Graphic of people searching for home like on a safari

Homeowners who might want to sell their houses feel trapped by the low interest rates they have on their mortgages and are unwilling to have to start a new mortgage with today’s far higher rates, The Wall Street Journal reported.

“These ‘golden handcuffs’ are keeping the supply of homes for sale unusually low and making the market more competitive and pricey than some forecasters expected,” the WSJ said.

At the end of March, two-thirds of U.S. mortgages carried an interest rate under 4 percent, according to data service Black Knight. With 73 percent of mortgages having their rates fixed for 30 years, it can be hard for homeowners to trade that for a loan that cost 6.89 percent, the national average as of 15 May, according to Bankrate.com.

With the average home price now at $371,200, by data from the National Association of Realtors (NAR), an additional percentage point on a mortgage rate could add as much as $300 or more to a monthly house payment, depending on the amount financed.

About 56 percent of people planning to sell their homes and buy others in the next 12 months are waiting for interest rates to fall, according to a February survey by Realtor.com.

People who want to move to gain space for a growing family or home office, or to trade up to a better home or neighborhood, are clogging the housing market’s normal flow by staying put.

“The movement up the ladder is grinding to a halt,” Sam Khater, chief economist at the Federal Home Loan Mortgage Corp. told the WSJ. “It’s getting much harder for first-time home buyers to jump into the market because of the lack of supply.”

In April, there were only about half as many homes for sale as in April 2019, although there were more than the near-record low in April 2022, Realtor.com noted. The number of homes newly listed last month was 21 percent below that of a year earlier—an ominous sign for the year’s busiest selling season.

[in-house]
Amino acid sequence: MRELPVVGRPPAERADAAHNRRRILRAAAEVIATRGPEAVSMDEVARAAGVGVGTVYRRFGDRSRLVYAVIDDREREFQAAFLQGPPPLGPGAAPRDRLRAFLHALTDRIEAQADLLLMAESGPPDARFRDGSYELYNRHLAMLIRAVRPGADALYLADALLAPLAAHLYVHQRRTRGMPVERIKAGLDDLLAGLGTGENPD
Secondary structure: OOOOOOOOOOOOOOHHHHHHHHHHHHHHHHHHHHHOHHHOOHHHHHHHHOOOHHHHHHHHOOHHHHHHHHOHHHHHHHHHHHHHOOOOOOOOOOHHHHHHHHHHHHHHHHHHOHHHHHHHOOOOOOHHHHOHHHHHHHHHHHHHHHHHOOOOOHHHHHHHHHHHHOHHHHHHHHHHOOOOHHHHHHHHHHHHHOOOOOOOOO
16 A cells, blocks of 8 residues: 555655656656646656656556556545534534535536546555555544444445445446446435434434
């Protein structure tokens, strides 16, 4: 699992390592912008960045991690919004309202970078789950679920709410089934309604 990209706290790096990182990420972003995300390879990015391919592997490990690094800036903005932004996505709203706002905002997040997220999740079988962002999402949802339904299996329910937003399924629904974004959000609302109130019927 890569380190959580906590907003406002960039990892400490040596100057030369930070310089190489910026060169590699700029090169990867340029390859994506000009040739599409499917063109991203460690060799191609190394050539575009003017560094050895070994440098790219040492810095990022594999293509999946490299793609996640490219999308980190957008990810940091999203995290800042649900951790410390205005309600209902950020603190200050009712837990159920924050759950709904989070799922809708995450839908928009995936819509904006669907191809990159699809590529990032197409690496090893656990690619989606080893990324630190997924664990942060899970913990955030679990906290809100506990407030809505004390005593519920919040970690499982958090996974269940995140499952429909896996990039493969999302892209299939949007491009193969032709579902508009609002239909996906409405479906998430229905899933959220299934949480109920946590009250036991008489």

The average selling price of a home dipped 0.9 percent in March, year on year, according to the NAR. However, home sales that month dove 21 percent.

“It’s a unique market,” NAR chief economist Lawrence Yun said to the WSJ. “Sales are down, prices are down in some areas, yet it’s hard to get that home because buyers are competing.”

As a result, bidding fever still grips shoppers in some areas.

A home listed last month for $449,000 in Clifton, New Jersey, outside New York City, received 120 offers in six days and went under contract for $599,000.

“A lot of buyers are panicking right now,” Mahmoud Ijbara, the agent who handled the sale, said in a WSJ interview.

A healthy housing market has four to six months’ worth of homes for sale at any given time, a number that allows buyers and sellers equal negotiating power, the NAR said.

The inventory plunged to 1.6 months in January 2022 and stood at 2.6 months in March. 

The lack has driven buyers to newly constructed homes, a booming market that made up a third of home sales in March, instead of the usual 10 to 20 percent. (See “Sales of Newly Built Homes Surge” 9 May 2023.)

The new homes market sported a 7.6-months’ supply of houses in March, the U.S. commerce department said. 

The lack of existing homes for sale has kept home prices abnormally high, blunting the impact of the U.S. Federal Reserve’s strategy of using higher interest rates to lower inflation.

TREND FORECAST: As we wrote in the article cited above, the boom in new homes will be limited by the scarcity of available land on which to build, which we reported in “Median Home Sale Price Rises Despite Slowdown” (16 Aug 2022).

While new home sales grow, the supply of existing houses for sale will remain limited until the U.S. Federal Reserve holds its interest rate steady for at least two consecutive meetings. Should they raise them, it will make a bad situation much worse. 

When they lower interest rates, homeowners will be able to make firmer expectations about the future that will allow them to make decisions about whether to sell.

The housing market will continue to normalize, barring a recession, but it will do so slowly because of tightened credit standards and general jitters about the economic future. 

Average national sale prices will continue to soften, but not greatly. A recession will weaken them further, with the depth and duration of a recession determining how much further prices will fall. But as we have long forecast, minus a wild card, home prices will not dramatically decline.

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